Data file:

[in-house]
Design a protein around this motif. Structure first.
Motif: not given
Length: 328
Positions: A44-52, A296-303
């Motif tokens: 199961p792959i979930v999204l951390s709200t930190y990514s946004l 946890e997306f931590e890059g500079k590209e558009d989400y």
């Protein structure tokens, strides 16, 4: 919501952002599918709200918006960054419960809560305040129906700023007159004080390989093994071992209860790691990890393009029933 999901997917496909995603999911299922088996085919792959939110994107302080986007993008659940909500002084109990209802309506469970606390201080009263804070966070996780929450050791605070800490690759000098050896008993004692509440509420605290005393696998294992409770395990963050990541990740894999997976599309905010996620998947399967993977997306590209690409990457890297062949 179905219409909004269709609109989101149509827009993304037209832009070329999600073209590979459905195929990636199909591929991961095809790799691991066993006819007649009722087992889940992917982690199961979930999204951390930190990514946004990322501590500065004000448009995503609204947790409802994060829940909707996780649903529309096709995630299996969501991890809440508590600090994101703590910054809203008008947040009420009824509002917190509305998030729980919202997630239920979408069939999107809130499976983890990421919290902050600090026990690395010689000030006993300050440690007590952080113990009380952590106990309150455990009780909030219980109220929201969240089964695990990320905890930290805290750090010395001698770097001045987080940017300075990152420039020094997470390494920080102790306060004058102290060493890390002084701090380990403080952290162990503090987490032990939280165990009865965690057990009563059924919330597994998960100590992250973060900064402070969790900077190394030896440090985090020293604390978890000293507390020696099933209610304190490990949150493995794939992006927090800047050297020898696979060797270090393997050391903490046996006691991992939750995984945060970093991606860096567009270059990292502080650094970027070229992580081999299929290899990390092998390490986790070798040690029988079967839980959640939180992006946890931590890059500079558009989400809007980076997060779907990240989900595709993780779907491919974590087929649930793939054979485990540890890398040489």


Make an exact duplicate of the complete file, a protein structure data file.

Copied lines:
[in-house]
Design a protein around this motif. Structure first.
Motif: not given
Length: 328
Positions: A44-52, A296-303
């Motif tokens: 199961p792959i979930v999204l951390s709200t930190y990514s946004l 946890e997306f931590e890059g500079k590209e558009d989400y």
């Protein structure tokens, strides 16, 4: 919501952002599918709200918006960054419960809560305040129906700023007159004080390989093994071992209860790691990890393009029933 999901997917496909995603999911299922088996085919792959939110994107302080986007993008659940909500002084109990209802309506469970606390201080009263804070966070996780929450050791605070800490690759000098050896008993004692509440509420605290005393696998294992409770395990963050990541990740894999997976599309905010996620998947399967993977997306590209690409990457890297062949 179905219409909004269709609109989101149509827009993304037209832009070329999600073209590979459905195929990636199909591929991961095809790799691991066993006819007649009722087992889940992917982690199961979930999204951390930190990514946004990322501590500065004000448009995503609204947790409802994060829940909707996780649903529309096709995630299996969501991890809440508590600090994101703590910054809203008008947040009420009824509002917190509305998030729980919202997630239920979408069939999107809130499976983890990421919290902050600090026990690395010689000030006993300050440690007590952080113990009380952590106990309150455990009780909030219980109220929201969240089964695990990320905890930290805290750090010395001698770097001045987080940017300075990152420039020094997470390494920080102790306060004058102290060493890390002084701090380990403080952290162990503090987490032990939280165990009865965690057990009563059924919330597994998960100590992250973060900064402070969790900077190394030896440090985090020293604390978890000293507390020696099933209610304190490990949150493995794939992006927090800047050297020898696979060797270090393997050391903490046996006691991992939750995984945060970093991606860096567009270059990292502080650094970027070229992580081999299929290899990390092998390490986790070798040690029988079967839980959640939180992006946890931590890059500079558009989400809007980076997060779907990240989900595709993780779907491919974590087929649930793939054979485990540890890398040489």